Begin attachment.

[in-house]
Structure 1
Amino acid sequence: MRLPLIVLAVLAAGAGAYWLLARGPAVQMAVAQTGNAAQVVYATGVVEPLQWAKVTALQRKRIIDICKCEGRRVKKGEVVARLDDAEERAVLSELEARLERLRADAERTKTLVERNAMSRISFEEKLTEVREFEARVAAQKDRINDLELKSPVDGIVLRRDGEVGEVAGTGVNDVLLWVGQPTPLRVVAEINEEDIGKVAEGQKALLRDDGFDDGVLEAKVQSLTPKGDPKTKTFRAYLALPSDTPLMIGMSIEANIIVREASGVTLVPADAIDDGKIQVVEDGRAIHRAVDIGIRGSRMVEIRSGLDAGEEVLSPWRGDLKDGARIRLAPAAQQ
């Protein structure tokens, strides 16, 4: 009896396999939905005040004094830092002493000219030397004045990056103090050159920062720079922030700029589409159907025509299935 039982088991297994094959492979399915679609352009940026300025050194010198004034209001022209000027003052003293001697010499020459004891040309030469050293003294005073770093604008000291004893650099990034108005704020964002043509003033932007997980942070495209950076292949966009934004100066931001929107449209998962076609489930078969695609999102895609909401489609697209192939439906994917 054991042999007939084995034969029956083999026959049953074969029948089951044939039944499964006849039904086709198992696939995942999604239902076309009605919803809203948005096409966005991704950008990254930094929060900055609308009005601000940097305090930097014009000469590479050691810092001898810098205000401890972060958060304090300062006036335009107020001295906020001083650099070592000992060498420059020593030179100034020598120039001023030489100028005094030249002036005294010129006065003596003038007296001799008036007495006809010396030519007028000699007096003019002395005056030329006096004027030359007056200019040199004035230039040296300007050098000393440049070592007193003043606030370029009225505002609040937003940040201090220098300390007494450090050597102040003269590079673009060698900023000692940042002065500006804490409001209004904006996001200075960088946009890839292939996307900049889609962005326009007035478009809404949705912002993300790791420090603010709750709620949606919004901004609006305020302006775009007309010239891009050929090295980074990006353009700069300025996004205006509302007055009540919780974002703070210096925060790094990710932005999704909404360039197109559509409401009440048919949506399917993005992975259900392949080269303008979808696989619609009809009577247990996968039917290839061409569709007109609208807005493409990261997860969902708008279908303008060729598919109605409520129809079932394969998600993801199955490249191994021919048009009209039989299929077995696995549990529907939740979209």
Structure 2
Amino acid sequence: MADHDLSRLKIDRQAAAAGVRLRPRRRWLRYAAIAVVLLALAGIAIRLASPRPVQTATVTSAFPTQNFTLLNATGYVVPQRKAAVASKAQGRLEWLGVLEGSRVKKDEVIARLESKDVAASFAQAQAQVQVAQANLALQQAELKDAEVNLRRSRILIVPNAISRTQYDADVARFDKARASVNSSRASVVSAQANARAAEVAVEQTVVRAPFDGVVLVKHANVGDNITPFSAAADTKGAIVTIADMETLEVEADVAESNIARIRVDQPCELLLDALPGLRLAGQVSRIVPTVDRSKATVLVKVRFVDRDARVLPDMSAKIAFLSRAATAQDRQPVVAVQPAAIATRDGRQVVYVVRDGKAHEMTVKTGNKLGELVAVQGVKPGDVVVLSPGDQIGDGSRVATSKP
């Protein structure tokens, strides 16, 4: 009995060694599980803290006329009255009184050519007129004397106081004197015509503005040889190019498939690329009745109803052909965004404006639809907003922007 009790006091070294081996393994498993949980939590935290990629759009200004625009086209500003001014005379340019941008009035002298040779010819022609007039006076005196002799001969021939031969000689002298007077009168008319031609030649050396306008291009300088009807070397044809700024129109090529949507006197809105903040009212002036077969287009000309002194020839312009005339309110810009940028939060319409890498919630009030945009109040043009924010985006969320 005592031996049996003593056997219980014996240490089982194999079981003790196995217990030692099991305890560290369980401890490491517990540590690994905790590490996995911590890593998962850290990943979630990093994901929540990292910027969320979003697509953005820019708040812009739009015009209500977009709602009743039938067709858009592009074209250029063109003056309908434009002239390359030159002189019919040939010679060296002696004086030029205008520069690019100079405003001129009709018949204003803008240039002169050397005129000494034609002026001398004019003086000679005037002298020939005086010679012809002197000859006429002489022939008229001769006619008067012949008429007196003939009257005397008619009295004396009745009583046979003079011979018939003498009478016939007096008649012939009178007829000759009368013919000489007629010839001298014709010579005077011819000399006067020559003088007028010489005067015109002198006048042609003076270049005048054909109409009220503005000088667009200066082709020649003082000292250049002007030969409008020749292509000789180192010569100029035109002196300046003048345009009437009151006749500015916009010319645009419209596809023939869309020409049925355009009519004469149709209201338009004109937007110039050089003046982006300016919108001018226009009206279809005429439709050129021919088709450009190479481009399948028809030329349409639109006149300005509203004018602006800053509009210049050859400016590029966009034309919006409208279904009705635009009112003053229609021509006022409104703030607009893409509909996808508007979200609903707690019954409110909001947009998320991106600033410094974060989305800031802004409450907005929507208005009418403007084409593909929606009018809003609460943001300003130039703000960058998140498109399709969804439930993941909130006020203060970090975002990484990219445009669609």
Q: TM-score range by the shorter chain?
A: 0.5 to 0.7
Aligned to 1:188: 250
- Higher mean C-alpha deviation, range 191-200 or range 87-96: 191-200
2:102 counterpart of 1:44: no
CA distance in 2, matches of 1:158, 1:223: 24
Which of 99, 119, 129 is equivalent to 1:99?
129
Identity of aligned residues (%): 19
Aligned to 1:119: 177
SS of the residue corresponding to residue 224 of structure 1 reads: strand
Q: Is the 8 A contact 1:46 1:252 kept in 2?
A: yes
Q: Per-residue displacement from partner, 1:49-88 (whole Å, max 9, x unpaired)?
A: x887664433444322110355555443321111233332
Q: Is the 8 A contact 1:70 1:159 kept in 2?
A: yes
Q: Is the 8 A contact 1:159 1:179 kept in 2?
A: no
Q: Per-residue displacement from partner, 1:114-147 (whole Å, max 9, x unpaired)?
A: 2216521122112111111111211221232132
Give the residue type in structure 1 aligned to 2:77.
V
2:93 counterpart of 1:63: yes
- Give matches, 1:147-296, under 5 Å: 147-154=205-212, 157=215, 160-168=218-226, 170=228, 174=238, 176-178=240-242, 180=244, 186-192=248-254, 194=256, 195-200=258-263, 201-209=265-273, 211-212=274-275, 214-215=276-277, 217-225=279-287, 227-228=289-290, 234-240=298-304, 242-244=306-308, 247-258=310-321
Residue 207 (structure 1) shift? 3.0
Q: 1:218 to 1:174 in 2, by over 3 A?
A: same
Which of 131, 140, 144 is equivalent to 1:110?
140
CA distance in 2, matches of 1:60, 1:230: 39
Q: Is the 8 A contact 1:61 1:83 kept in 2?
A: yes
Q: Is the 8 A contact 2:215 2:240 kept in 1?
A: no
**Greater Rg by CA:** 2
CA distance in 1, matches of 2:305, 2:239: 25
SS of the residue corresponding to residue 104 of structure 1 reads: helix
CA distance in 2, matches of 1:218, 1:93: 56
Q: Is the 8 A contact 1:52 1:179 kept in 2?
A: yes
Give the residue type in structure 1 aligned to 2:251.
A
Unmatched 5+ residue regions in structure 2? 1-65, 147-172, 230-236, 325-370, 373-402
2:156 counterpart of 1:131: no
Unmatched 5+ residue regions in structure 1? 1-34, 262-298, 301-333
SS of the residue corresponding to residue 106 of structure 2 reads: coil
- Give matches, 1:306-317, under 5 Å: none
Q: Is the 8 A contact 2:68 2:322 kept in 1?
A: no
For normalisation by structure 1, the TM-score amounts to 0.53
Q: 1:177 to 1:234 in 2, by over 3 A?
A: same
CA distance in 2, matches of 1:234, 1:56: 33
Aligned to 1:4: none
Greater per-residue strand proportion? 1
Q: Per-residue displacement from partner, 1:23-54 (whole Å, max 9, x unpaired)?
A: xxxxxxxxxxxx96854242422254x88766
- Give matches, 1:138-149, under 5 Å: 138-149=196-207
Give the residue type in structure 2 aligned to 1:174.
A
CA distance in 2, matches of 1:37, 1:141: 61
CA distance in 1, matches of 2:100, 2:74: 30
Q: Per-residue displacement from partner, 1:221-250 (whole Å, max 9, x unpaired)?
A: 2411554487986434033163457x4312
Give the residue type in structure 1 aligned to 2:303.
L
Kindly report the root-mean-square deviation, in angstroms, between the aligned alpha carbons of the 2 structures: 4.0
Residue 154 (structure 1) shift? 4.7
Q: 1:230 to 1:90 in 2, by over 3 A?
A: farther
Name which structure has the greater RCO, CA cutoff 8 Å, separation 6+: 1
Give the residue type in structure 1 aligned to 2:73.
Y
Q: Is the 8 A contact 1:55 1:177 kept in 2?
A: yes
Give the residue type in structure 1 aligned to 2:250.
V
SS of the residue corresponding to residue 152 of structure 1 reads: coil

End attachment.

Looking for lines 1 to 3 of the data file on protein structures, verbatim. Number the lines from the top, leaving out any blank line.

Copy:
[in-house]
Structure 1
Amino acid sequence: MRLPLIVLAVLAAGAGAYWLLARGPAVQMAVAQTGNAAQVVYATGVVEPLQWAKVTALQRKRIIDICKCEGRRVKKGEVVARLDDAEERAVLSELEARLERLRADAERTKTLVERNAMSRISFEEKLTEVREFEARVAAQKDRINDLELKSPVDGIVLRRDGEVGEVAGTGVNDVLLWVGQPTPLRVVAEINEEDIGKVAEGQKALLRDDGFDDGVLEAKVQSLTPKGDPKTKTFRAYLALPSDTPLMIGMSIEANIIVREASGVTLVPADAIDDGKIQVVEDGRAIHRAVDIGIRGSRMVEIRSGLDAGEEVLSPWRGDLKDGARIRLAPAAQQ